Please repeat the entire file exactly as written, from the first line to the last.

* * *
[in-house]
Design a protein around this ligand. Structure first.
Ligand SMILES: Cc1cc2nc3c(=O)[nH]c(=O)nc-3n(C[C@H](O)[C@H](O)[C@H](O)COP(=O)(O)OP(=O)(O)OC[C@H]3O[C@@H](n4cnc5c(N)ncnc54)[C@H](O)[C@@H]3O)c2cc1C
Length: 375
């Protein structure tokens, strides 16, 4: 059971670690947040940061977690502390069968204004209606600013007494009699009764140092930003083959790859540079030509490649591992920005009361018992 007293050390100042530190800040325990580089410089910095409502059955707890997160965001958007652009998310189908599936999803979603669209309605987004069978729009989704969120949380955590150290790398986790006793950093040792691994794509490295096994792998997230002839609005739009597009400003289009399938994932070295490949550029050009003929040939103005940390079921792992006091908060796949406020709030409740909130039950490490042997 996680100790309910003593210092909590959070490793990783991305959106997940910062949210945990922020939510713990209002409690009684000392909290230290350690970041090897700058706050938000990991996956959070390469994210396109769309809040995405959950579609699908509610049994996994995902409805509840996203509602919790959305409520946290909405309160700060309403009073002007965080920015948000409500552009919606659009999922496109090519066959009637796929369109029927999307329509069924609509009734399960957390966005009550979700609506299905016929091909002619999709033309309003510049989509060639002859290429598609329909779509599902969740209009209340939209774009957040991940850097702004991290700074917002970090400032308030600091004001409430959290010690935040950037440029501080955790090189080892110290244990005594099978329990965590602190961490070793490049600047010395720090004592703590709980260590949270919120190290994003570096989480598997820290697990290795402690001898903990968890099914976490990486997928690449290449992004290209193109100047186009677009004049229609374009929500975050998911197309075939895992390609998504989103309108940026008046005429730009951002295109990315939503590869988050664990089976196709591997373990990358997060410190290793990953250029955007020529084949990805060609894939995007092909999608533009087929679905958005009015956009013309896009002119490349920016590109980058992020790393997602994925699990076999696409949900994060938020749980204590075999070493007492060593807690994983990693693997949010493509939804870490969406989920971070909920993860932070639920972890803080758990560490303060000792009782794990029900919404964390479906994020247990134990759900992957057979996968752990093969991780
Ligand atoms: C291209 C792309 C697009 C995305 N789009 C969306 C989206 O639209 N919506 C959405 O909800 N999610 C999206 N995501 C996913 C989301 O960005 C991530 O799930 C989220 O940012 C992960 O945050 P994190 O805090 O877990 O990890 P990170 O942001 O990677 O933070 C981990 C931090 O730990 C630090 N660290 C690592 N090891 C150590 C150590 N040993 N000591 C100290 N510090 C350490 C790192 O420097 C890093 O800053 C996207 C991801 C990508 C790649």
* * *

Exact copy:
[in-house]
Design a protein around this ligand. Structure first.
Ligand SMILES: Cc1cc2nc3c(=O)[nH]c(=O)nc-3n(C[C@H](O)[C@H](O)[C@H](O)COP(=O)(O)OP(=O)(O)OC[C@H]3O[C@@H](n4cnc5c(N)ncnc54)[C@H](O)[C@@H]3O)c2cc1C
Length: 375
């Protein structure tokens, strides 16, 4: 059971670690947040940061977690502390069968204004209606600013007494009699009764140092930003083959790859540079030509490649591992920005009361018992 007293050390100042530190800040325990580089410089910095409502059955707890997160965001958007652009998310189908599936999803979603669209309605987004069978729009989704969120949380955590150290790398986790006793950093040792691994794509490295096994792998997230002839609005739009597009400003289009399938994932070295490949550029050009003929040939103005940390079921792992006091908060796949406020709030409740909130039950490490042997 996680100790309910003593210092909590959070490793990783991305959106997940910062949210945990922020939510713990209002409690009684000392909290230290350690970041090897700058706050938000990991996956959070390469994210396109769309809040995405959950579609699908509610049994996994995902409805509840996203509602919790959305409520946290909405309160700060309403009073002007965080920015948000409500552009919606659009999922496109090519066959009637796929369109029927999307329509069924609509009734399960957390966005009550979700609506299905016929091909002619999709033309309003510049989509060639002859290429598609329909779509599902969740209009209340939209774009957040991940850097702004991290700074917002970090400032308030600091004001409430959290010690935040950037440029501080955790090189080892110290244990005594099978329990965590602190961490070793490049600047010395720090004592703590709980260590949270919120190290994003570096989480598997820290697990290795402690001898903990968890099914976490990486997928690449290449992004290209193109100047186009677009004049229609374009929500975050998911197309075939895992390609998504989103309108940026008046005429730009951002295109990315939503590869988050664990089976196709591997373990990358997060410190290793990953250029955007020529084949990805060609894939995007092909999608533009087929679905958005009015956009013309896009002119490349920016590109980058992020790393997602994925699990076999696409949900994060938020749980204590075999070493007492060593807690994983990693693997949010493509939804870490969406989920971070909920993860932070639920972890803080758990560490303060000792009782794990029900919404964390479906994020247990134990759900992957057979996968752990093969991780
Ligand atoms: C291209 C792309 C697009 C995305 N789009 C969306 C989206 O639209 N919506 C959405 O909800 N999610 C999206 N995501 C996913 C989301 O960005 C991530 O799930 C989220 O940012 C992960 O945050 P994190 O805090 O877990 O990890 P990170 O942001 O990677 O933070 C981990 C931090 O730990 C630090 N660290 C690592 N090891 C150590 C150590 N040993 N000591 C100290 N510090 C350490 C790192 O420097 C890093 O800053 C996207 C991801 C990508 C790649």